NICOLA Sturgeon says it’s “bonkers” to question her commitment to Scottish independence.

The First Minister hit back at critics who have urged her to take a more aggressive approach to securing the nation’s sovereignty.

The SNP leader also said Yessers could be "safely assured" there will be an explicit commitment to a second referendum in the SNP's 2021 Holyrood manifesto.

“I’ve spent my entire adult life campaigning for Scottish independence," the FM told BBC Scotland. "I believe in Scottish independence with every fibre of my being. And I also believe that Scotland is going to be independent sooner rather than later and, you know, and I'm also the SNP leader that now presides over record support for the Scottish independence.

“Let's just see I'm pretty comfortable in my own commitment to independence and other people can question if they want but I think it's I think it's bonkers.”

Recently, the SNP has been caught up in internal feuding over recent decisions made by the National Executive Committee (NEC).

Yesterday, SNP councillor Chris McEleny called for the party’s national secretary to quit, claiming candidate selections have caused “great injury to the party”.

READ MORE: Councillor calls on SNP national secretary to resign amid NEC row

Sturgeon addressed friction within the party, warning infighting could risk disillusioning voters ahead of next year’s election. She emphasised the SNP’s position of strength and urged colleagues to keep in mind what matters most to voters during the crisis.

“The SNP right now is in a position of strength that parties the world over would love to be in," the FM said. "We've got [to] as a party to recognise that we don't exist in some kind of bubble.

“We are the governing party of Scotland. Right now, the majority of people in the country we serve are worried about their health, they're worried about the jobs, they're worried about the ability to pay the bills. Opinion polls would suggest the massively trust the SNP to lead them through that crisis. If they ever thought the SNP was turning away from that priority, and focusing on its own, you know, agendas and engaging in infighting I'm sure they would pass a verdict on that.

“So what I would say to my party is we’re in a very strong position. We've earned that strong position and if we keep doing right by the people of Scotland as we have done, and keep steering them in the right direction then we will continue to see, I think, growing support both for the party but also for that objective that we all believe in so strongly in which is Scotland becoming an independent country."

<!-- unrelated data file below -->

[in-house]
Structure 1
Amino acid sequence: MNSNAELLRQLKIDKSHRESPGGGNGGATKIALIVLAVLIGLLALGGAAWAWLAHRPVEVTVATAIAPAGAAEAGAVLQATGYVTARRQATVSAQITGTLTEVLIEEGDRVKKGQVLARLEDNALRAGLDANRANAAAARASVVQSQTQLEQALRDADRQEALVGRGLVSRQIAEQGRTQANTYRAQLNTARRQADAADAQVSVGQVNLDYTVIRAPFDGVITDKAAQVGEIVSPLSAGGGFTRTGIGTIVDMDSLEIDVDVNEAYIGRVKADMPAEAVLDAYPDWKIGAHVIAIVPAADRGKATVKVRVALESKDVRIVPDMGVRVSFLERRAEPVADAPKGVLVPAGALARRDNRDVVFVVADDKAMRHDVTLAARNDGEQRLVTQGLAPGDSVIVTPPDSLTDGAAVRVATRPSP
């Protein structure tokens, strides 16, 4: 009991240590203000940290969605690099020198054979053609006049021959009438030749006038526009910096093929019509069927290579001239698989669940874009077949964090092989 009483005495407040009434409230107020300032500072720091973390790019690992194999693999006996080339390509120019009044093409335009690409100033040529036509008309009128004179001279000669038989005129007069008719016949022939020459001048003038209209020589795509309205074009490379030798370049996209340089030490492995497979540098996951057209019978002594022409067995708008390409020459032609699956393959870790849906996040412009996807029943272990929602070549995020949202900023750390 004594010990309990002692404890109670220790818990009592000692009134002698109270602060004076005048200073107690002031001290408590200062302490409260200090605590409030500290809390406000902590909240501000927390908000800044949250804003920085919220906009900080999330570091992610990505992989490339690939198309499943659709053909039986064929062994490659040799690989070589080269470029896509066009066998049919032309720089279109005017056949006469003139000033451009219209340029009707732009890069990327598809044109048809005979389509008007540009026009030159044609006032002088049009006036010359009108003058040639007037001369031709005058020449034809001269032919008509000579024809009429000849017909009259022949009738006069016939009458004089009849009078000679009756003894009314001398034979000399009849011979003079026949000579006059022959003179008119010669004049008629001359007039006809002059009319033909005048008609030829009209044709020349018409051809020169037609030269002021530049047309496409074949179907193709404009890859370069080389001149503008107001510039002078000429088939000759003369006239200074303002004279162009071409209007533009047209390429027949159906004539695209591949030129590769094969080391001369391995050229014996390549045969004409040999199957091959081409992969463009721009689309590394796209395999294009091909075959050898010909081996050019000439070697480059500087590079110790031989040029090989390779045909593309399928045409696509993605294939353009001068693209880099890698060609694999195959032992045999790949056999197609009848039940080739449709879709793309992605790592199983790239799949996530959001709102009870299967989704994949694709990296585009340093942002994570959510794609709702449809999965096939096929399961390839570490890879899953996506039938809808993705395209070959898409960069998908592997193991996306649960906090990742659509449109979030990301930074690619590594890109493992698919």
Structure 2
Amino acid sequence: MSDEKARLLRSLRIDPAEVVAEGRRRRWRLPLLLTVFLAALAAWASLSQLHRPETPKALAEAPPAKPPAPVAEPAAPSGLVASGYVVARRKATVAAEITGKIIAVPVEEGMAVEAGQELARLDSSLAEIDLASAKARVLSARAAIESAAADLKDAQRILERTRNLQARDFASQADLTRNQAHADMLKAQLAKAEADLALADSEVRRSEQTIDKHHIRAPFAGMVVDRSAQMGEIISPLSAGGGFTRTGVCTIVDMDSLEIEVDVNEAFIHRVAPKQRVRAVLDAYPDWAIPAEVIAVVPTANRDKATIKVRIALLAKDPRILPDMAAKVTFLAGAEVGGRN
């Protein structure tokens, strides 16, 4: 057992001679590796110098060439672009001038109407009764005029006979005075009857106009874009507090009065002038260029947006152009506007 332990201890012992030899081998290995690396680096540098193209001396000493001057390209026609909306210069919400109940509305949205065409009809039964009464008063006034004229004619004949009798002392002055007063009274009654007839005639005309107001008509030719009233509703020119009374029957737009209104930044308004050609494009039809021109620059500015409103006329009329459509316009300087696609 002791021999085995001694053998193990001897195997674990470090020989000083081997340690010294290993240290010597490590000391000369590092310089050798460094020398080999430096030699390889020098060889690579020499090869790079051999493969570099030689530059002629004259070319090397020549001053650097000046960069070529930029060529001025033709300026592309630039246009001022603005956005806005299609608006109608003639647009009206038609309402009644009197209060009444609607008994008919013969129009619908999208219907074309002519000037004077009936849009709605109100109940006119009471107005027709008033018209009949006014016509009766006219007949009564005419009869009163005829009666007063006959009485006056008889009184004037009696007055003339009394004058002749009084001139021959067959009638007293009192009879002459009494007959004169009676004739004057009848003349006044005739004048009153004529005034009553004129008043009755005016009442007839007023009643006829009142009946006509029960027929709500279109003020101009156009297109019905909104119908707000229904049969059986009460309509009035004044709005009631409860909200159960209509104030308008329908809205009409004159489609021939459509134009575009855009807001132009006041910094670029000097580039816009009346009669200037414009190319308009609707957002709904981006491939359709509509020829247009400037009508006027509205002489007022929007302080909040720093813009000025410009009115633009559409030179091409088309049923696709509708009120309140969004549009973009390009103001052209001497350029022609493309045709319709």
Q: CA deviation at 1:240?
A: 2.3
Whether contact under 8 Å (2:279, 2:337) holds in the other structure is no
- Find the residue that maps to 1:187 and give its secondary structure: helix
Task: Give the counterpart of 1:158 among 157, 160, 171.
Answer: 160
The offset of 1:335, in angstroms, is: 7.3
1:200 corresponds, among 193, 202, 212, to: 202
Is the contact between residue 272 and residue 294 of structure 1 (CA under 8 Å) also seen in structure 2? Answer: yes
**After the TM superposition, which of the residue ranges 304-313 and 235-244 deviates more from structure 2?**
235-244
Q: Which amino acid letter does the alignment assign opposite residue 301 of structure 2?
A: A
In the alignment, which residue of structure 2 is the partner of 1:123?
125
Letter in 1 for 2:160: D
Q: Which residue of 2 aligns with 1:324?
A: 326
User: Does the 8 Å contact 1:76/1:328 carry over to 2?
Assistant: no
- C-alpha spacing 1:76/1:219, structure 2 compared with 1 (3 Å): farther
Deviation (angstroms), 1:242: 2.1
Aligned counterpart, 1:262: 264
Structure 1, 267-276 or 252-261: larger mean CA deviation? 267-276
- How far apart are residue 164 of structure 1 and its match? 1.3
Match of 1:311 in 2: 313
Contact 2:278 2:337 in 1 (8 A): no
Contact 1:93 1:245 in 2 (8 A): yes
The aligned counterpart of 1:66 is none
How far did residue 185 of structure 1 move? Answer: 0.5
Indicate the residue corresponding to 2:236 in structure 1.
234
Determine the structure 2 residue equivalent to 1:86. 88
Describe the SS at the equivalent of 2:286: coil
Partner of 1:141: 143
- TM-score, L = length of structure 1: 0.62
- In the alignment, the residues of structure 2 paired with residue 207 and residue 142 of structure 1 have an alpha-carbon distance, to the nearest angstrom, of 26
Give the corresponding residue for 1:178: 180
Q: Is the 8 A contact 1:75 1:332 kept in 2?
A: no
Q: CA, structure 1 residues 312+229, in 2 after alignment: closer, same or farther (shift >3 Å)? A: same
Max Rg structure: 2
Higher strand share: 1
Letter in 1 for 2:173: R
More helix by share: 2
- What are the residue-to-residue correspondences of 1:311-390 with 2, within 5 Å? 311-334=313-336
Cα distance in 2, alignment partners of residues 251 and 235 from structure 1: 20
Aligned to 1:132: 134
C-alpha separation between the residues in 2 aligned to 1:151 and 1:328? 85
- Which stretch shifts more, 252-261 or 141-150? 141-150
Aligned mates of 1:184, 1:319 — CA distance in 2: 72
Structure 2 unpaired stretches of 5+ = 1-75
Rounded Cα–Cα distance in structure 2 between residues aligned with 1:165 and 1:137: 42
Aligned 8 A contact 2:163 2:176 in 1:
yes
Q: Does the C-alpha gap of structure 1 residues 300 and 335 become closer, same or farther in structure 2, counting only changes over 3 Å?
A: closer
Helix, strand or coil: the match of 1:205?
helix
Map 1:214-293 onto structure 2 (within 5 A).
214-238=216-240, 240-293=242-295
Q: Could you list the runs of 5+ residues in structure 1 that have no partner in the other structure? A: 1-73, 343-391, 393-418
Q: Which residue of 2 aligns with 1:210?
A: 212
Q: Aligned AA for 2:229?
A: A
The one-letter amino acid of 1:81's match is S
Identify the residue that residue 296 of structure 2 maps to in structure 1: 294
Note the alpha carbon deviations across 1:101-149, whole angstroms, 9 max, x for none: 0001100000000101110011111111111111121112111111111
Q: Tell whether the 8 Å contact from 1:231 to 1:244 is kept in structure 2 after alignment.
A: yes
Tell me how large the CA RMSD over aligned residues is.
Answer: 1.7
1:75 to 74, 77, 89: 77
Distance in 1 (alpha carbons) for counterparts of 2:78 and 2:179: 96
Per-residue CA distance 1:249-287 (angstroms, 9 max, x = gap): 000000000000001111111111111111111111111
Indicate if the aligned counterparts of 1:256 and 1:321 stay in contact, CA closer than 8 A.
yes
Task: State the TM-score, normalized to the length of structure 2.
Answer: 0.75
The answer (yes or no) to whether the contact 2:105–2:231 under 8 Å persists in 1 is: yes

READ MORE: Support for Scottish independence skyrockets in latest Panelbase poll

Sturgeon added: “But focus on what matters to people out there. And don't ever get into the trap of focusing on our own preoccupations. That's not a description of independence, obviously, but just, you know, internal disputes or feuds or personality clashes nothing I think disillusions a little bit more than that.”

According to Panelbase polling carried out last month for the Sunday Times, 54% of Scots support a Yes vote when don't knows are removed. 

The survey also found the SNP are on track for a landslide victory in the 2021 Hoylrood ballot.

Last month, a new Alliance for Independence party was formed under the slogan "Max the Yes", with Sturgeon previously saying she wants the SNP "united" before next year's vote.

SNP MP Joanna Cherry also performed a U-turn in her decision to run for Holyrood in 2021 – barring a change in circumstances – blaming a "particularly unreasonable" demand from the party.

The National:

The FM warned the party should not "ever get into the trap of focusing on our own preoccupations" such as "internal disputes or feuds or personality clashes".

She added: "This was not about excluding one person. This is a decision the NEC took which was not about barring a Westminster MP standing for Holyrood but saying that if you were selected as a Holyrood candidate then in enough time before the election, you have to demit your Westminster seat in order to allow the by-election to be on the same day as the Holyrood election.

"The NEC I think wanted to guard against the possibility of lots of Westminster MPs deciding to stand and then create a whole slew of by-elections.

"It's not an illegitimate decision for the NEC to have taken, I appreciate that people will see in the context of other things, but that's the decision they took."